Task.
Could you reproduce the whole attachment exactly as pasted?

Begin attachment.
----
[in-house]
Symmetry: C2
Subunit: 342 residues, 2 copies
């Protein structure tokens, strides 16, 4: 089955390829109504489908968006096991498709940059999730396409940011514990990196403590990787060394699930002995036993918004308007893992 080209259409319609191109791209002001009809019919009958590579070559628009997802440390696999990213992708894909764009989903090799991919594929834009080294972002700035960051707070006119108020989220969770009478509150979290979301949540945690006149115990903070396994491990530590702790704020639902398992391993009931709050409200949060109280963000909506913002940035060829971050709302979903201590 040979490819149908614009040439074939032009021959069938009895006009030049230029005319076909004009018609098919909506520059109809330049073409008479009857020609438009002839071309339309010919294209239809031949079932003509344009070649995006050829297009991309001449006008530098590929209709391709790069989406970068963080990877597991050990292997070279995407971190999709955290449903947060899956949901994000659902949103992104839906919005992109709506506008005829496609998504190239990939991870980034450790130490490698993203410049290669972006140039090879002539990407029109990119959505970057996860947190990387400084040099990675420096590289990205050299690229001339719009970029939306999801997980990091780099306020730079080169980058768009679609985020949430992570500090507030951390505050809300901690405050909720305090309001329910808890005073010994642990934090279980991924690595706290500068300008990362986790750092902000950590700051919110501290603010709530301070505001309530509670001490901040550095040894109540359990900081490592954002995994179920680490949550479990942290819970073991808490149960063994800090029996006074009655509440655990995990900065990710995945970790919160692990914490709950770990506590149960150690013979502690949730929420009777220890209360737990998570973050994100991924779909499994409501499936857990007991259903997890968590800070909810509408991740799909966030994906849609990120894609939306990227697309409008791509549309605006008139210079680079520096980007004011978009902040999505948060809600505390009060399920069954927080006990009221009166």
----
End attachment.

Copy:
[in-house]
Symmetry: C2
Subunit: 342 residues, 2 copies
């Protein structure tokens, strides 16, 4: 089955390829109504489908968006096991498709940059999730396409940011514990990196403590990787060394699930002995036993918004308007893992 080209259409319609191109791209002001009809019919009958590579070559628009997802440390696999990213992708894909764009989903090799991919594929834009080294972002700035960051707070006119108020989220969770009478509150979290979301949540945690006149115990903070396994491990530590702790704020639902398992391993009931709050409200949060109280963000909506913002940035060829971050709302979903201590 040979490819149908614009040439074939032009021959069938009895006009030049230029005319076909004009018609098919909506520059109809330049073409008479009857020609438009002839071309339309010919294209239809031949079932003509344009070649995006050829297009991309001449006008530098590929209709391709790069989406970068963080990877597991050990292997070279995407971190999709955290449903947060899956949901994000659902949103992104839906919005992109709506506008005829496609998504190239990939991870980034450790130490490698993203410049290669972006140039090879002539990407029109990119959505970057996860947190990387400084040099990675420096590289990205050299690229001339719009970029939306999801997980990091780099306020730079080169980058768009679609985020949430992570500090507030951390505050809300901690405050909720305090309001329910808890005073010994642990934090279980991924690595706290500068300008990362986790750092902000950590700051919110501290603010709530301070505001309530509670001490901040550095040894109540359990900081490592954002995994179920680490949550479990942290819970073991808490149960063994800090029996006074009655509440655990995990900065990710995945970790919160692990914490709950770990506590149960150690013979502690949730929420009777220890209360737990998570973050994100991924779909499994409501499936857990007991259903997890968590800070909810509408991740799909966030994906849609990120894609939306990227697309409008791509549309605006008139210079680079520096980007004011978009902040999505948060809600505390009060399920069954927080006990009221009166």